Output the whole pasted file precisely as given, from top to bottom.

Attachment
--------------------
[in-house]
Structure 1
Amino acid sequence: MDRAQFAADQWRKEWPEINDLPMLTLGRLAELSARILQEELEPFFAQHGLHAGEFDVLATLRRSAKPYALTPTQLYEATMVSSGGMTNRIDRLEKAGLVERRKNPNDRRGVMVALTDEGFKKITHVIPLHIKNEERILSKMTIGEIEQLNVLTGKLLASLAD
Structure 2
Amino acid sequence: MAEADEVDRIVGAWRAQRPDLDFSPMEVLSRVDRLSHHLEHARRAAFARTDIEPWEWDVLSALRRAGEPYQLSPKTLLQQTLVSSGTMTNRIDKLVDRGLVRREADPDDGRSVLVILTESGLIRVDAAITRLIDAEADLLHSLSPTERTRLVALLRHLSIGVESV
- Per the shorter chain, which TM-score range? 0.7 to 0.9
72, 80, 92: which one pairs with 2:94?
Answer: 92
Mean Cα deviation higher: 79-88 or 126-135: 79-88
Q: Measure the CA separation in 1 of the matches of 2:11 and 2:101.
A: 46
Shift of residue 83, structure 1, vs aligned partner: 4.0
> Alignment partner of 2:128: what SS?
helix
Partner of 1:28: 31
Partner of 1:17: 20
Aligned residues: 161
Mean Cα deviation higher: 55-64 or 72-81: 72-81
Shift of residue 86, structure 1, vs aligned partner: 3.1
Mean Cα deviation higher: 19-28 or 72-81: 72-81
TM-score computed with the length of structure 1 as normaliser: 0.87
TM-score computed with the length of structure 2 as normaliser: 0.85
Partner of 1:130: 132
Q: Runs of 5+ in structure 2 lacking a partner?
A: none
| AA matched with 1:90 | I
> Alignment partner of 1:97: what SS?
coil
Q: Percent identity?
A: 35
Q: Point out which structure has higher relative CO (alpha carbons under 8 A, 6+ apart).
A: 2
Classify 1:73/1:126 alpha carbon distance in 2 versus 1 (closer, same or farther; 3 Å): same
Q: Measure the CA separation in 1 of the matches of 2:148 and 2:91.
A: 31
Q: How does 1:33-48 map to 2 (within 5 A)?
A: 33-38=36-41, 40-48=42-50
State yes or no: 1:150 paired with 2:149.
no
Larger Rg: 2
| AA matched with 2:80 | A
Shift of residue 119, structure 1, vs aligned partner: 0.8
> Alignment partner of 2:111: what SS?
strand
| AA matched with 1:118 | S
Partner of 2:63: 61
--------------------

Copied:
[in-house]
Structure 1
Amino acid sequence: MDRAQFAADQWRKEWPEINDLPMLTLGRLAELSARILQEELEPFFAQHGLHAGEFDVLATLRRSAKPYALTPTQLYEATMVSSGGMTNRIDRLEKAGLVERRKNPNDRRGVMVALTDEGFKKITHVIPLHIKNEERILSKMTIGEIEQLNVLTGKLLASLAD
Structure 2
Amino acid sequence: MAEADEVDRIVGAWRAQRPDLDFSPMEVLSRVDRLSHHLEHARRAAFARTDIEPWEWDVLSALRRAGEPYQLSPKTLLQQTLVSSGTMTNRIDKLVDRGLVRREADPDDGRSVLVILTESGLIRVDAAITRLIDAEADLLHSLSPTERTRLVALLRHLSIGVESV
- Per the shorter chain, which TM-score range? 0.7 to 0.9
72, 80, 92: which one pairs with 2:94?
Answer: 92
Mean Cα deviation higher: 79-88 or 126-135: 79-88
Q: Measure the CA separation in 1 of the matches of 2:11 and 2:101.
A: 46
Shift of residue 83, structure 1, vs aligned partner: 4.0
> Alignment partner of 2:128: what SS?
helix
Partner of 1:28: 31
Partner of 1:17: 20
Aligned residues: 161
Mean Cα deviation higher: 55-64 or 72-81: 72-81
Shift of residue 86, structure 1, vs aligned partner: 3.1
Mean Cα deviation higher: 19-28 or 72-81: 72-81
TM-score computed with the length of structure 1 as normaliser: 0.87
TM-score computed with the length of structure 2 as normaliser: 0.85
Partner of 1:130: 132
Q: Runs of 5+ in structure 2 lacking a partner?
A: none
| AA matched with 1:90 | I
> Alignment partner of 1:97: what SS?
coil
Q: Percent identity?
A: 35
Q: Point out which structure has higher relative CO (alpha carbons under 8 A, 6+ apart).
A: 2
Classify 1:73/1:126 alpha carbon distance in 2 versus 1 (closer, same or farther; 3 Å): same
Q: Measure the CA separation in 1 of the matches of 2:148 and 2:91.
A: 31
Q: How does 1:33-48 map to 2 (within 5 A)?
A: 33-38=36-41, 40-48=42-50
State yes or no: 1:150 paired with 2:149.
no
Larger Rg: 2
| AA matched with 2:80 | A
Shift of residue 119, structure 1, vs aligned partner: 0.8
> Alignment partner of 2:111: what SS?
strand
| AA matched with 1:118 | S
Partner of 2:63: 61